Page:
Lesson No. 1

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Lesson No. 1
EP by
ReleasedMarch 1980
GenreNo wave, noise rock
Length19:54 (original)
36:18 (reissue)
Glenn Branca chronology
Lesson No. 1
The Ascension

Lesson No. 1 is the debut solo EP by American avant-garde musician Glenn Branca. It was released in March 1980 on 99 Records.[1]

It was originally released on 12" vinyl, as 99 Records' first release.[2][3] The EP was remastered and re-released in 2004 by Acute Records.[4] The re-release includes the bonus track "Bad Smells". In 2014, Superior Viaduct re-released Lesson No. 1 in its original 12" vinyl format as a double LP with "Bad Smells".[5]


In the late 1970s, Branca was a member of no wave band Theoretical Girls. While he was out of town touring with the Static, Max's Kansas City invited Theoretical Girls to perform for a 1979 Easter festival.[6] Branca convinced the venue to book him for a solo gig, and he assembled a group that included Barbara Ess and Christine Hahn.[7] The group performed "Instrumental for Six Guitars", and its sound convinced Branca to continue composing for multiple guitars.[6] He began performing solo at rock clubs and avant-garde venues such as The Kitchen.[2] Branca "wanted to make sure [his music] was understood as rock and nothing else."[8]

Composer Ned Sublette plays guitar on the EP and joined Branca's touring band.

Branca knew Ed Bahlman, who sold independent singles at a store run by his girlfriend, and asked Bahlman if he would be interested in starting a label and releasing a record by Branca. Bahlman knew little about recording, pressing, and distributing records, but Branca had some experience with Theoretical Records.[1][9] Having seen some of Branca's shows, Bahlman agreed and decided to make Lesson No. 1 the first release by 99 Records.[1]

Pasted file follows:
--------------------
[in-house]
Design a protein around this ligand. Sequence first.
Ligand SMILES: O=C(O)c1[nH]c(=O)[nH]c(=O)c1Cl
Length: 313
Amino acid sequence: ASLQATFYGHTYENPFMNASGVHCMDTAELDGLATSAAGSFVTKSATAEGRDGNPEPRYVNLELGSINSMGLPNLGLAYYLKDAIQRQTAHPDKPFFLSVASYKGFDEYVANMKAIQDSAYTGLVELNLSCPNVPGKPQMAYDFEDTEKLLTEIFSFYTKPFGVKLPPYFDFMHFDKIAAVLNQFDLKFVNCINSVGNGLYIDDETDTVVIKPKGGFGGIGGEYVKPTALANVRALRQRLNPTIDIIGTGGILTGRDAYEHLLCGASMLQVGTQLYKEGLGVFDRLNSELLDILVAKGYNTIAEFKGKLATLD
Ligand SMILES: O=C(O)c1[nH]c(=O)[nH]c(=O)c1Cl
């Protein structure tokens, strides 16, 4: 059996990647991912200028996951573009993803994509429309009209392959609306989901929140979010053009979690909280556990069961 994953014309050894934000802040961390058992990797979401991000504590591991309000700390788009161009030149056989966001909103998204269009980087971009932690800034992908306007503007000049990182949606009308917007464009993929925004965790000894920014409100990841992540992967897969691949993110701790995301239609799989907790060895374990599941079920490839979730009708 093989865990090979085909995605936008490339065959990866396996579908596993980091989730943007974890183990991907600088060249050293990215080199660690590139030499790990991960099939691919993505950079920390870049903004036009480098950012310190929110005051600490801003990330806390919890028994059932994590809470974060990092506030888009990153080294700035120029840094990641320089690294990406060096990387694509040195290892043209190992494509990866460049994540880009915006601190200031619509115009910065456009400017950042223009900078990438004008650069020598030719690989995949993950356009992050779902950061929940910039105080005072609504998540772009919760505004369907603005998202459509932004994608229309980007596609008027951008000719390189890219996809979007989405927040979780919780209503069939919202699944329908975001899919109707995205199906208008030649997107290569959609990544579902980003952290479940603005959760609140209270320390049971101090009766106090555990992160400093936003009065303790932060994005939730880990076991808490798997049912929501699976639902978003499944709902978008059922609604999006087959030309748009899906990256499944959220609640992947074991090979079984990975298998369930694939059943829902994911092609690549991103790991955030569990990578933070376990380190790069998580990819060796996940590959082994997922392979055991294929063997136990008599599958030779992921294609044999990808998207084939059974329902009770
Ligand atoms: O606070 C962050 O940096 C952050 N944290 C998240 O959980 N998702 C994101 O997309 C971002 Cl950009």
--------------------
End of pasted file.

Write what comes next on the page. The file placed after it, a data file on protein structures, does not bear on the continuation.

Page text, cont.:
Branca needed guitar players to form a large guitar orchestra, and he posted fliers at record stores in downtown New York City. He held auditions at his apartment where he conducted guitar players. Thurston Moore, who performs on "Bad Smells", auditioned at the recommendation of his girlfriend Kim Gordon but was rejected.[10] Rhys Chatham of the Gynecologists was initially upset after hearing the new band, feeling that it was reusing his ideas.[11]

Branca's group performed around New York and was invited to perform at the Walker Art Center in Minneapolis.[12] When three musicians pulled out, he recruited guitarist Lee Ranaldo. Ranaldo had seen Branca's ensemble perform at The Kitchen and lived in the same building as Branca's friend, pianist Anthony Coleman.[10] Branca bought tickets providing unlimited flights for three weeks for what became his first tour.[10][12] The tour began in December 1980 and included Ranaldo, Ned Sublette, David Rosenbloom, Jeffrey Glenn, and Stephan Wischerth. They traveled the country performing "Lesson No. 1 for Electric Guitar", "Dissonance", and "Compositions". Ranaldo, who performed with a six-string guitar strung with E6 strings, emerged as a foil to Branca. The two would playfully butt heads or guitars onstage. Some of the tour's audiences were unfamiliar with art music and heckled the band by calling the work "devil's music".[10]


Lesson No. 1 applies repetitive techniques that Branca learned from Chatham and Jeff Lohn.[3] It combines these minimal music compositions with the aesthetics of punk rock.[13] Branca uses dense overtones and shifting melodies created from repeated electric guitar parts.[3] The guitars build during extended crescendoes.[13]

"Lesson No. 1 for Electric Guitar" was inspired by Joy Division's 1980 single "Love Will Tear Us Apart" and the work of composer Steve Reich.[11][14] It opens with two-note guitar figures similar to Reich's experiments with phasing.[11] It introduces one-note parts on the organ and bass that gives the sense of harmonic progression,[15] and drums enter the arrangement three minutes into the track.[16] The piece is a structured improvisation where Branca specified the musical and tonal structures, but the strumming technique was improvised.[17]